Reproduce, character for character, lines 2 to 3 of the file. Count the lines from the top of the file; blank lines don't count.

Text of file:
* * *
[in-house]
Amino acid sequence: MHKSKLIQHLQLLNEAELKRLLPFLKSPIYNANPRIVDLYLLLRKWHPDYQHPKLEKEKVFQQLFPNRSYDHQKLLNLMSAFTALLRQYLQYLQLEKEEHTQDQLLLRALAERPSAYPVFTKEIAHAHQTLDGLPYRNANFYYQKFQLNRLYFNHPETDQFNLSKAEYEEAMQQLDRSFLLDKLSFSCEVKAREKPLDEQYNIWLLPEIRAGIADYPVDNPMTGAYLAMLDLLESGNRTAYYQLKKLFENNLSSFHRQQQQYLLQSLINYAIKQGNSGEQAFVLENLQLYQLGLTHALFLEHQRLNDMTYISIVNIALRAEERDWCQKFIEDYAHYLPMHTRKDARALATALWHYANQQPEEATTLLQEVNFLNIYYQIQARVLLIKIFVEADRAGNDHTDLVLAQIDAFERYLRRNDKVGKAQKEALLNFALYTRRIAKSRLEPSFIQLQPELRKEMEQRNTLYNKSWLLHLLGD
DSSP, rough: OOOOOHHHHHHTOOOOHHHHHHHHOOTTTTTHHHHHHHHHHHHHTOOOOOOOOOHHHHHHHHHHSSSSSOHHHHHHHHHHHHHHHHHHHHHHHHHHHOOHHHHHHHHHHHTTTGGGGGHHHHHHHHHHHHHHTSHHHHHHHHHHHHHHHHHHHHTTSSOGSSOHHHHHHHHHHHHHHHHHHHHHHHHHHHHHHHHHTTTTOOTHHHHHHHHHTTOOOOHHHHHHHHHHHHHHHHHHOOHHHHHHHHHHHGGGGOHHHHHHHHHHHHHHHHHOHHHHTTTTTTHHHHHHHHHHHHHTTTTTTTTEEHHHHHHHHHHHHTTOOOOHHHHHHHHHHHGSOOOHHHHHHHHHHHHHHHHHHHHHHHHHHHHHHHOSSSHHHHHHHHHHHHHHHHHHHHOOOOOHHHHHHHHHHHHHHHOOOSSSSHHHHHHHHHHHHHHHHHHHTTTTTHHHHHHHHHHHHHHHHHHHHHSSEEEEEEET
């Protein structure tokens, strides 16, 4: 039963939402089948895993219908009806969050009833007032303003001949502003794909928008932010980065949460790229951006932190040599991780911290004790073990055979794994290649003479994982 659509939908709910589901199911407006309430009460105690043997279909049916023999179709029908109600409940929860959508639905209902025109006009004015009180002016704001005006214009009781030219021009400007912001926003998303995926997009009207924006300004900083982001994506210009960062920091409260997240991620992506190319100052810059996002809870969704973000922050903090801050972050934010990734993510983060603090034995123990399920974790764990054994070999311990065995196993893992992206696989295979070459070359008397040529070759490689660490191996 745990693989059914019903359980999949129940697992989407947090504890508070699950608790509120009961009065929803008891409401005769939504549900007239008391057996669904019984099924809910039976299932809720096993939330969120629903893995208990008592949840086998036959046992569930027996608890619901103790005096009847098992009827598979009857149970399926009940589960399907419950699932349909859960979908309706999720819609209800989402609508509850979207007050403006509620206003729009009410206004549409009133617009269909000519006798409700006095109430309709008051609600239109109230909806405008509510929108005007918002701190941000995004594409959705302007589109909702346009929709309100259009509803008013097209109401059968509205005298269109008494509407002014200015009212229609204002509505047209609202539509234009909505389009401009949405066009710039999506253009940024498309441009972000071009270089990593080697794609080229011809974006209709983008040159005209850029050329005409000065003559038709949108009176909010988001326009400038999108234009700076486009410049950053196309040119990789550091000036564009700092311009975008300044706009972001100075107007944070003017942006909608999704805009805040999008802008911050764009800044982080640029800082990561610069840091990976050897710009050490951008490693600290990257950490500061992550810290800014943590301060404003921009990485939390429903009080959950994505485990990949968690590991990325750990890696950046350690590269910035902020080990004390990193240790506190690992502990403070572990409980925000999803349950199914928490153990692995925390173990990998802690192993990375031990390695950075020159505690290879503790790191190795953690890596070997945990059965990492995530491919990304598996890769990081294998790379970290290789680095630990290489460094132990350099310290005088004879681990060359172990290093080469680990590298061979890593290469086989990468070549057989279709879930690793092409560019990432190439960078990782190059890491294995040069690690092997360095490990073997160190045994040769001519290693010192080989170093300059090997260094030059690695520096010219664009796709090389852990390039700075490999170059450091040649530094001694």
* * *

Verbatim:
Amino acid sequence: MHKSKLIQHLQLLNEAELKRLLPFLKSPIYNANPRIVDLYLLLRKWHPDYQHPKLEKEKVFQQLFPNRSYDHQKLLNLMSAFTALLRQYLQYLQLEKEEHTQDQLLLRALAERPSAYPVFTKEIAHAHQTLDGLPYRNANFYYQKFQLNRLYFNHPETDQFNLSKAEYEEAMQQLDRSFLLDKLSFSCEVKAREKPLDEQYNIWLLPEIRAGIADYPVDNPMTGAYLAMLDLLESGNRTAYYQLKKLFENNLSSFHRQQQQYLLQSLINYAIKQGNSGEQAFVLENLQLYQLGLTHALFLEHQRLNDMTYISIVNIALRAEERDWCQKFIEDYAHYLPMHTRKDARALATALWHYANQQPEEATTLLQEVNFLNIYYQIQARVLLIKIFVEADRAGNDHTDLVLAQIDAFERYLRRNDKVGKAQKEALLNFALYTRRIAKSRLEPSFIQLQPELRKEMEQRNTLYNKSWLLHLLGD
DSSP, rough: OOOOOHHHHHHTOOOOHHHHHHHHOOTTTTTHHHHHHHHHHHHHTOOOOOOOOOHHHHHHHHHHSSSSSOHHHHHHHHHHHHHHHHHHHHHHHHHHHOOHHHHHHHHHHHTTTGGGGGHHHHHHHHHHHHHHTSHHHHHHHHHHHHHHHHHHHHTTSSOGSSOHHHHHHHHHHHHHHHHHHHHHHHHHHHHHHHHHTTTTOOTHHHHHHHHHTTOOOOHHHHHHHHHHHHHHHHHHOOHHHHHHHHHHHGGGGOHHHHHHHHHHHHHHHHHOHHHHTTTTTTHHHHHHHHHHHHHTTTTTTTTEEHHHHHHHHHHHHTTOOOOHHHHHHHHHHHGSOOOHHHHHHHHHHHHHHHHHHHHHHHHHHHHHHHOSSSHHHHHHHHHHHHHHHHHHHHOOOOOHHHHHHHHHHHHHHHOOOSSSSHHHHHHHHHHHHHHHHHHHTTTTTHHHHHHHHHHHHHHHHHHHHHSSEEEEEEET